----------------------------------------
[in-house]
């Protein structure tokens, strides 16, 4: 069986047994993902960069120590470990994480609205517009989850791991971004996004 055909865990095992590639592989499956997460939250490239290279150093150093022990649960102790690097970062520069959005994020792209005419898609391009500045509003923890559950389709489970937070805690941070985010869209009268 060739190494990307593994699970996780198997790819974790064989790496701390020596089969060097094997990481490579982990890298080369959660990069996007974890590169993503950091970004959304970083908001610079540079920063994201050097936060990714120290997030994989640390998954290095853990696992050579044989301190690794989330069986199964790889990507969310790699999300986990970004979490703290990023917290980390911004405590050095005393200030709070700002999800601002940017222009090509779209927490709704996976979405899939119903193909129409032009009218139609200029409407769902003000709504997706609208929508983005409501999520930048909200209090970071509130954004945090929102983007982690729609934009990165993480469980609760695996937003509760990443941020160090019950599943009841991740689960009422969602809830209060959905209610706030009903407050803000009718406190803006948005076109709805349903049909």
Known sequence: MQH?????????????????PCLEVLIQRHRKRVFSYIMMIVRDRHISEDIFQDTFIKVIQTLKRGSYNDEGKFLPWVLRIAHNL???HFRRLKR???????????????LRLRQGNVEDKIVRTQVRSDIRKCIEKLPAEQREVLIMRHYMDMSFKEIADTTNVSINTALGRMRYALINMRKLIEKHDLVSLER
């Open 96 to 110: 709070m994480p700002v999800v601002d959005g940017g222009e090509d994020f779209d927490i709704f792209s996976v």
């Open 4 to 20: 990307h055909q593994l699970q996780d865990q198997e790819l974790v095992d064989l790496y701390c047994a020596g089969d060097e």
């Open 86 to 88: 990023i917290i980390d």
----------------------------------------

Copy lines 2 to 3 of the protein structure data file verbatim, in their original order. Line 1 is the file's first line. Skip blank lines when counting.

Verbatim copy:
């Protein structure tokens, strides 16, 4: 069986047994993902960069120590470990994480609205517009989850791991971004996004 055909865990095992590639592989499956997460939250490239290279150093150093022990649960102790690097970062520069959005994020792209005419898609391009500045509003923890559950389709489970937070805690941070985010869209009268 060739190494990307593994699970996780198997790819974790064989790496701390020596089969060097094997990481490579982990890298080369959660990069996007974890590169993503950091970004959304970083908001610079540079920063994201050097936060990714120290997030994989640390998954290095853990696992050579044989301190690794989330069986199964790889990507969310790699999300986990970004979490703290990023917290980390911004405590050095005393200030709070700002999800601002940017222009090509779209927490709704996976979405899939119903193909129409032009009218139609200029409407769902003000709504997706609208929508983005409501999520930048909200209090970071509130954004945090929102983007982690729609934009990165993480469980609760695996937003509760990443941020160090019950599943009841991740689960009422969602809830209060959905209610706030009903407050803000009718406190803006948005076109709805349903049909």
Known sequence: MQH?????????????????PCLEVLIQRHRKRVFSYIMMIVRDRHISEDIFQDTFIKVIQTLKRGSYNDEGKFLPWVLRIAHNL???HFRRLKR???????????????LRLRQGNVEDKIVRTQVRSDIRKCIEKLPAEQREVLIMRHYMDMSFKEIADTTNVSINTALGRMRYALINMRKLIEKHDLVSLER